Luca's meaningless thoughts  

First accepted patch for DMD(FE)

by Leandro Lucarella on 2010- 02- 22 13:45 (updated on 2010- 02- 22 13:45)
tagged d, dmd, dmdfe, en, patch, string import - with 0 comment(s)

Some time ago I wrote a partial patch to fix DMD's issue 3420:

Allow string import of files using subdirectories

const data = import("dir/data.txt");

Specifying -J. for DMD 1.041 is sufficient to allow this to compile.

I couldn't find an option for DMD 1.042 and newer which would allow this to compile.

It's a partial patch because it's implemented only for Posix OSs. The patch passed unnoticed until changeset 389, when the restrictions on string imports became even more evident, and I commented the issue in the DMD internals ML. Fortunately Walter accepted the patch; well accept might be a very strong word, since Walter never really accepts a patch, he always write a new patch based on the submitted one, don't even dream on getting some feedback about it.

But well, that's how he works. At least now in Posix (he said he didn't find a way to do this in Windows) there are no silly restrictions on string imports, without sacrificing security =)

Improved string imports

by Leandro Lucarella on 2009- 12- 01 19:38 (updated on 2009- 12- 01 19:38)
tagged d, en, import, patch, string import - with 0 comment(s)

D has a very nice capability of string imports. A string import let you read a file at compile time as a string, for example:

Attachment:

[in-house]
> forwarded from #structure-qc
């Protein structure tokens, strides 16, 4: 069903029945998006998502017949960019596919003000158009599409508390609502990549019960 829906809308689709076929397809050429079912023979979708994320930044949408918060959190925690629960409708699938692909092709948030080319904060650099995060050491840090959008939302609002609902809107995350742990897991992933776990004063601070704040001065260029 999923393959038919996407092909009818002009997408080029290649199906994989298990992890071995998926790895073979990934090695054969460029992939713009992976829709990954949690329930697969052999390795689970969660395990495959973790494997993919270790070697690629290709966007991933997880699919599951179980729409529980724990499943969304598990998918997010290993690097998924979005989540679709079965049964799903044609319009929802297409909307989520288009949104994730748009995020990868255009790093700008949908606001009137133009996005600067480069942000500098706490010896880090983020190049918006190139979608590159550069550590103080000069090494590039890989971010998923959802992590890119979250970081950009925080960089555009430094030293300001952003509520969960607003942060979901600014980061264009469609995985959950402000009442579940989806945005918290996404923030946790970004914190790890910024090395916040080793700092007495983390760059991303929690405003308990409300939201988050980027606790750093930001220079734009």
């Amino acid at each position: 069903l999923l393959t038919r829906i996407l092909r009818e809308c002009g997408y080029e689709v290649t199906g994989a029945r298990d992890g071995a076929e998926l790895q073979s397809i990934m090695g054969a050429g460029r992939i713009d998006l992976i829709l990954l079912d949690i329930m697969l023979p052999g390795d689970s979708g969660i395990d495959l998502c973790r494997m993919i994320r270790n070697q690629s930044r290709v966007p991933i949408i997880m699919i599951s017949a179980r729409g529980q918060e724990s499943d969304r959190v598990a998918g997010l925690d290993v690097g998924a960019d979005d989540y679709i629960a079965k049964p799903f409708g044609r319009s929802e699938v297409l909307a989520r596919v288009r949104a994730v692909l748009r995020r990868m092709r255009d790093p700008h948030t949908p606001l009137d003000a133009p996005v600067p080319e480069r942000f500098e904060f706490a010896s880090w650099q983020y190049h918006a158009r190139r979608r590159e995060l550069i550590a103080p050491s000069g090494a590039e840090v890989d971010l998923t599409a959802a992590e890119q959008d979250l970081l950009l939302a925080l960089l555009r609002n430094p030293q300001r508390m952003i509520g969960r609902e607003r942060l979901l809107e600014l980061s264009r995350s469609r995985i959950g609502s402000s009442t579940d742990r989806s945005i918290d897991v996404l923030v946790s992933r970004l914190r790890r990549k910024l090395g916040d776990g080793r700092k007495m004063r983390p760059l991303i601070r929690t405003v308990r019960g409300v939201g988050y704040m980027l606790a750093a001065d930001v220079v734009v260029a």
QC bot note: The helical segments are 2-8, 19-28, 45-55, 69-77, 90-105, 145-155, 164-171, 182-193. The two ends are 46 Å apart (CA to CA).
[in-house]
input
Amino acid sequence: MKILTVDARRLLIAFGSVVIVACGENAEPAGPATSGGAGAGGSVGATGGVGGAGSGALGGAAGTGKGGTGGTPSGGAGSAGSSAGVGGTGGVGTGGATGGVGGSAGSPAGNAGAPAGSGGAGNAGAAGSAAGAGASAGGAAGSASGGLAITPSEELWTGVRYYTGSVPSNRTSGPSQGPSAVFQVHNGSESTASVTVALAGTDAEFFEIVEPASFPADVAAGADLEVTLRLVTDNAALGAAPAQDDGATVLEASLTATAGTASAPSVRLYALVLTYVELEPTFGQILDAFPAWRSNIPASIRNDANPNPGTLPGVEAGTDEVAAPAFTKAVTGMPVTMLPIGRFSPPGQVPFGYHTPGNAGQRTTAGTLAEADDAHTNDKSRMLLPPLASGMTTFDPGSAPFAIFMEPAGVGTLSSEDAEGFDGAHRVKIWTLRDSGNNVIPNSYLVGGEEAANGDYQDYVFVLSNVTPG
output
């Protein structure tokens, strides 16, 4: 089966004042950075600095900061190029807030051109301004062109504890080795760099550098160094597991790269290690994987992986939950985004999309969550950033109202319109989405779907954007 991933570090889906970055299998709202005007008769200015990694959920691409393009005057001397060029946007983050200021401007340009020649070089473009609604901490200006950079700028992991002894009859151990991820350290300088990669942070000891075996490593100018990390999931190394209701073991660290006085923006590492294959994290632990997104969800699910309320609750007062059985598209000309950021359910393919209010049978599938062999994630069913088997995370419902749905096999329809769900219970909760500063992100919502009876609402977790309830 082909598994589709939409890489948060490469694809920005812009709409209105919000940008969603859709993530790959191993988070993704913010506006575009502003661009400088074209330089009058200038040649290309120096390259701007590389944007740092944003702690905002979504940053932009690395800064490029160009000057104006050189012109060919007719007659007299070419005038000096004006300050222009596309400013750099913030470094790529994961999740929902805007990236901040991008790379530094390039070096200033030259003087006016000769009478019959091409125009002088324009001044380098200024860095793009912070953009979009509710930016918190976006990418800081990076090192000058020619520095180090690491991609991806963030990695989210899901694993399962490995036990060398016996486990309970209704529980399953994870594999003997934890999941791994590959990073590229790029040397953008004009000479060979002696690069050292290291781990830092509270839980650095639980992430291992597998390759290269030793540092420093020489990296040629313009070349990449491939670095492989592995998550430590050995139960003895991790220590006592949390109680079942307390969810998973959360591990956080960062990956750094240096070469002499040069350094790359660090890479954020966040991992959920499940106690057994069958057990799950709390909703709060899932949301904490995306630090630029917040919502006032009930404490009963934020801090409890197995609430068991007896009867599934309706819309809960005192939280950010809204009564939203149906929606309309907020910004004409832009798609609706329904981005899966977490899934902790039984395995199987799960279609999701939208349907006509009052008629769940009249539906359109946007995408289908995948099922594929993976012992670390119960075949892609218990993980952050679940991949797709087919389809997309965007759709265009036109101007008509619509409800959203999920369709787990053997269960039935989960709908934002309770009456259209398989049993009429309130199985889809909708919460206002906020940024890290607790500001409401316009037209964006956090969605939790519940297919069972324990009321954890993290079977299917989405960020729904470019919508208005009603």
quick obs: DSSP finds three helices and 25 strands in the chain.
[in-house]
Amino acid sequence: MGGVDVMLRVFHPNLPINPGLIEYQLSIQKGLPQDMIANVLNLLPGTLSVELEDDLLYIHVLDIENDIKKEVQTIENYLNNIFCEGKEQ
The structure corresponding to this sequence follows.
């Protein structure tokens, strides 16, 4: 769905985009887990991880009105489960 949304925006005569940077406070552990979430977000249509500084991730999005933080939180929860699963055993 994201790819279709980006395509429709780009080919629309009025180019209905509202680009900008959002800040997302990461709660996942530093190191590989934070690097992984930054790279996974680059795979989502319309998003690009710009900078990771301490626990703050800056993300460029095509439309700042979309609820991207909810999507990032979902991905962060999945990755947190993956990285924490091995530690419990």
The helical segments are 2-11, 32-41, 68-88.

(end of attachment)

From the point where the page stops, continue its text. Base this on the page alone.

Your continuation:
pragma(msg, import("hello.txt"));

Will print the contents of the file hello.txt when it's compiled, or it will fail to compile if hello.txt is not readable or the -J option is not used. The -J option is needed because of security reasons, otherwise compiling a program could end up reading any file in your filesystem (storing it in the binary and possibly violating your privacy). For example you could compile a program as root and run it as an unprivileged user thinking it can't possibly read some protected data, but that data could be read at compile-time, with root privileges.

Anyway, D ask you to use the -J option if you are doing string imports, which seems reasonable. What doesn't look so reasonable is that string imports can't access a file in a subdirectory. Let's say we have a file test.d in the current directory like this:

immutable s = import("data/hello.txt");

And in the current directory we have a subdirectory called data and a file hello.txt in it. This won't compile, ever (no matter what -J option you use). I think this is an unnecessary limitation, using -J. should work. I can see why this was done like that, what if you write:

immutable s = import("../hello.txt");

It looks like this shouldn't work, so we can ban .. from string imports, but what about this:

immutable s = import("data/../data/hello.txt");

This should work, it's a little convoluted but it should work. And what about symbolic links?

Well, I think this limitation can be relaxed (other people think that too, there is even a bug report for this), at least on POSIX-compatible OSs, because we can use the realpath() function to resolve the file. If you resolve both the -J directories and the resulting files, it's very easy to check if the string import file really belongs to a -J subdirectory or not.

This looks very trivial to implement, so I gave it a shot and posted a patch and a couple of test cases to that very same bug report :)

The patch is incomplete, though, because it's only tested on Linux and it lacks Windows support (I don't know how to do this on Windows and don't have an environment to test it). If you like this feature and you know Windows, please complete the patch, so it has better chances to make it in D2, you only have to implement the canonicalName() function. If you have other supported POSIX OS, please test the patch and report any problems.